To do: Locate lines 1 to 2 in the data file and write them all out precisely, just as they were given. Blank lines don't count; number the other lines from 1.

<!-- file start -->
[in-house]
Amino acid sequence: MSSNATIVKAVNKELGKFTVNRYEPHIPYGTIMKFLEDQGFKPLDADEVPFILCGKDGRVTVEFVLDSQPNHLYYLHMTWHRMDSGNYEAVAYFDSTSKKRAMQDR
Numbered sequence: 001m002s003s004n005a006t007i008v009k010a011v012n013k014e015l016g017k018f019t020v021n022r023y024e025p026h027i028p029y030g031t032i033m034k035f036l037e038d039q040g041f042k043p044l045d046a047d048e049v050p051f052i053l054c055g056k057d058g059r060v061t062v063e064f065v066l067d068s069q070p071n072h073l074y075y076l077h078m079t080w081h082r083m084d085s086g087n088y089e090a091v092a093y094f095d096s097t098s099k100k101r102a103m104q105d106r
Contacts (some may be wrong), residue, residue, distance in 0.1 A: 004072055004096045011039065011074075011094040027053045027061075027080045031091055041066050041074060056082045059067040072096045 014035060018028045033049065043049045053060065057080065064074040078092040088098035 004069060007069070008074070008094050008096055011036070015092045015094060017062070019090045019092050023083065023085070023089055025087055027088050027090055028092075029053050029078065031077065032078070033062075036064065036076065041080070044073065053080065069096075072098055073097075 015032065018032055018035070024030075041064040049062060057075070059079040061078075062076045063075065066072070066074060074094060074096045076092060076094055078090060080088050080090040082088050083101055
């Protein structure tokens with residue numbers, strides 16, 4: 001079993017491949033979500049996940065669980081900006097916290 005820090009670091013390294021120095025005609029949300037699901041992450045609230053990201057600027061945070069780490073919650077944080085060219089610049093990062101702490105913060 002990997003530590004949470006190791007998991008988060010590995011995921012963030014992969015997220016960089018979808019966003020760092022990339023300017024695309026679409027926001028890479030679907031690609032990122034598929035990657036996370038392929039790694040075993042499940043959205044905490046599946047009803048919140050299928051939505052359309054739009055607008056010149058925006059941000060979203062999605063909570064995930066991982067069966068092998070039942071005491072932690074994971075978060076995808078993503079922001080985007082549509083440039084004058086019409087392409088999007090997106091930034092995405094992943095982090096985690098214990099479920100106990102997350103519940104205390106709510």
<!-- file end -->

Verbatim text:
[in-house]
Amino acid sequence: MSSNATIVKAVNKELGKFTVNRYEPHIPYGTIMKFLEDQGFKPLDADEVPFILCGKDGRVTVEFVLDSQPNHLYYLHMTWHRMDSGNYEAVAYFDSTSKKRAMQDR